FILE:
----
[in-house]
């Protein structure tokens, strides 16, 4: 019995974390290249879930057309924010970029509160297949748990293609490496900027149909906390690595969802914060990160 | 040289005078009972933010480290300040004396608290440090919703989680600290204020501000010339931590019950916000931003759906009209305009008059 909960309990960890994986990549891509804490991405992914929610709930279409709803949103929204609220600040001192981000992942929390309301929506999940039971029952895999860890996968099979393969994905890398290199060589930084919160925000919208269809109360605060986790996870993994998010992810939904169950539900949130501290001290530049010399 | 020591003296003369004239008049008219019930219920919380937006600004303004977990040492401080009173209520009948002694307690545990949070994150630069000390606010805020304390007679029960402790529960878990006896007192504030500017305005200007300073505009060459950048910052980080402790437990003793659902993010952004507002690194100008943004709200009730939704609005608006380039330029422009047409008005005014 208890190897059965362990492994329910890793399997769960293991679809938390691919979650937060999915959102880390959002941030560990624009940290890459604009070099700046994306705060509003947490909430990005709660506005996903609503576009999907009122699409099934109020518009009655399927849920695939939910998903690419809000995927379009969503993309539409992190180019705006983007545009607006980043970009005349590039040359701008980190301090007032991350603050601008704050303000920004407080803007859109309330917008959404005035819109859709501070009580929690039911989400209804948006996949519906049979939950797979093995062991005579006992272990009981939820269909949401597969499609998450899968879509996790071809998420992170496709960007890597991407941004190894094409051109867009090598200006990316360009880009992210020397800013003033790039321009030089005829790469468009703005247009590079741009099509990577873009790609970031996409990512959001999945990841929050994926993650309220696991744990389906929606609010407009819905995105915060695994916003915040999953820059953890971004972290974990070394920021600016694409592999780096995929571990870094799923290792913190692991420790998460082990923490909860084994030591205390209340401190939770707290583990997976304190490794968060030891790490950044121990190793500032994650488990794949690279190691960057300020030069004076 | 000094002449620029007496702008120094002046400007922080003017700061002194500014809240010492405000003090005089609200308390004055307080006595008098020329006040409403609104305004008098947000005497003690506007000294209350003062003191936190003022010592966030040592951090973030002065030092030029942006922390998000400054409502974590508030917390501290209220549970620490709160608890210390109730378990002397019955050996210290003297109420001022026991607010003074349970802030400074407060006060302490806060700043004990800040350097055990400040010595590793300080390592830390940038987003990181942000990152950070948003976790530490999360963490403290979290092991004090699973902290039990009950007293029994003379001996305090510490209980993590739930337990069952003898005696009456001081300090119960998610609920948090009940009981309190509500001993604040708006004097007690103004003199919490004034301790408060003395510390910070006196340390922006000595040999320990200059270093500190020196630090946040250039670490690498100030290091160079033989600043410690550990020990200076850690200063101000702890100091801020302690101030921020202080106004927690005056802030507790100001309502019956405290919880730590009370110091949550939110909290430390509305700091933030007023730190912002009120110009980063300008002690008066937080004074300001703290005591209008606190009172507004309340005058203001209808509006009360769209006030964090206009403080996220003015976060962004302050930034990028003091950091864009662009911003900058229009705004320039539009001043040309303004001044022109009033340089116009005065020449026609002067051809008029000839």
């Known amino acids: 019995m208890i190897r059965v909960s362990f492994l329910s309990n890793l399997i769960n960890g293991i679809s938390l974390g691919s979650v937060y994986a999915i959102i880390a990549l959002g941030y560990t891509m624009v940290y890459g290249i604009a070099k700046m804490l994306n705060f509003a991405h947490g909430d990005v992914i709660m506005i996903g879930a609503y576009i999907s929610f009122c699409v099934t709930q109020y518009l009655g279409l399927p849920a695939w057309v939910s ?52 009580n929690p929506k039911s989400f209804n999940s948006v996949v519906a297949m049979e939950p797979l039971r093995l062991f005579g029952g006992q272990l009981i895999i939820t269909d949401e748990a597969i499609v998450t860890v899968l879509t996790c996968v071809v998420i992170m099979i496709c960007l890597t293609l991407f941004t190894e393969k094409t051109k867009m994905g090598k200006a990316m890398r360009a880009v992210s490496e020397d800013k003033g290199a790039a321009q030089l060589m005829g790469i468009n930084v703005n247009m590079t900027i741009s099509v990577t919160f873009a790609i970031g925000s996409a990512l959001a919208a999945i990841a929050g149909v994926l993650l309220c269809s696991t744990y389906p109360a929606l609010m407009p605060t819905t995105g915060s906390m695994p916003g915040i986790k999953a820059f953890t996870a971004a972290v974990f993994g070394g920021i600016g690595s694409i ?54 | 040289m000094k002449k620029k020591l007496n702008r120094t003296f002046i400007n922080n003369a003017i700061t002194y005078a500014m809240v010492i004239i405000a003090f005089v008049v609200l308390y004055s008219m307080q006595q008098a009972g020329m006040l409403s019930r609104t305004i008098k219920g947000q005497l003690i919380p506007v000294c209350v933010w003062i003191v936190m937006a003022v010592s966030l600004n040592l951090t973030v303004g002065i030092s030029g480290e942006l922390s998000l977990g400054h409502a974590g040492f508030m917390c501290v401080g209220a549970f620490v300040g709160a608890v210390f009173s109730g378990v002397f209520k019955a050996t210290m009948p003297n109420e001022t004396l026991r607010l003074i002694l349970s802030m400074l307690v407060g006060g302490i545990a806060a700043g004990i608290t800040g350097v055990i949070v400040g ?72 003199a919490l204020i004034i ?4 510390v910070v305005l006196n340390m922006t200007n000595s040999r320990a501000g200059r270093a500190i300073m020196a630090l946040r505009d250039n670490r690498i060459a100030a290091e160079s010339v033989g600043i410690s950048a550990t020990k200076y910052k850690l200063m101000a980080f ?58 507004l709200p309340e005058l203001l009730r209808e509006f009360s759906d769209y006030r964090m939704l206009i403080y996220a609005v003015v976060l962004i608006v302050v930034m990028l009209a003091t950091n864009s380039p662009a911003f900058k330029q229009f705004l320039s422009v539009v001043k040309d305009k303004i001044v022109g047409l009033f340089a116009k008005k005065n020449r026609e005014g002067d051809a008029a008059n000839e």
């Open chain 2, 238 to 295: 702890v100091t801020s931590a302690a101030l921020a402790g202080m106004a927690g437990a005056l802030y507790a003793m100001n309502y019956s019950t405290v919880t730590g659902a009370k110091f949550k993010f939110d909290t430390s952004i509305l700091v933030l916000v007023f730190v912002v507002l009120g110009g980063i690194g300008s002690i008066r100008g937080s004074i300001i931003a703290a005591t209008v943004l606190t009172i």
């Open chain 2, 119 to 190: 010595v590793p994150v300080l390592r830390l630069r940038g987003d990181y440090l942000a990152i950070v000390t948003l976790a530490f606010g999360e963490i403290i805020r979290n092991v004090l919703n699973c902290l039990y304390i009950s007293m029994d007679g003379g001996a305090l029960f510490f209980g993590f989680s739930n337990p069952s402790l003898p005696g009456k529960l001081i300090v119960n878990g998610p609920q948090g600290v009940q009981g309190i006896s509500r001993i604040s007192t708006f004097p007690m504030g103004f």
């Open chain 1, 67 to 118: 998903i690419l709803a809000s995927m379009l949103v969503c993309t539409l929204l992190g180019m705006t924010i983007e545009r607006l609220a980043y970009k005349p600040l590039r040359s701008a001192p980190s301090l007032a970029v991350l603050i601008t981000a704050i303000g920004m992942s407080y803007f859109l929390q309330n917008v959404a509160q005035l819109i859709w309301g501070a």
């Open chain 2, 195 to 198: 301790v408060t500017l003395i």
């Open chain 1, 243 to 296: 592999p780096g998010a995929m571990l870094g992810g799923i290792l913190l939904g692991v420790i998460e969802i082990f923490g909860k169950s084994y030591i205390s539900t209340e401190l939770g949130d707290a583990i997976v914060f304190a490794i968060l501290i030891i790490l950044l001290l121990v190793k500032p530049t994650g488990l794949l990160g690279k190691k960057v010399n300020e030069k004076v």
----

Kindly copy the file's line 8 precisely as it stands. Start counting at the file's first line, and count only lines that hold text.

């Open chain 1, 243 to 296: 592999p780096g998010a995929m571990l870094g992810g799923i290792l913190l939904g692991v420790i998460e969802i082990f923490g909860k169950s084994y030591i205390s539900t209340e401190l939770g949130d707290a583990i997976v914060f304190a490794i968060l501290i030891i790490l950044l001290l121990v190793k500032p530049t994650g488990l794949l990160g690279k190691k960057v010399n300020e030069k004076v």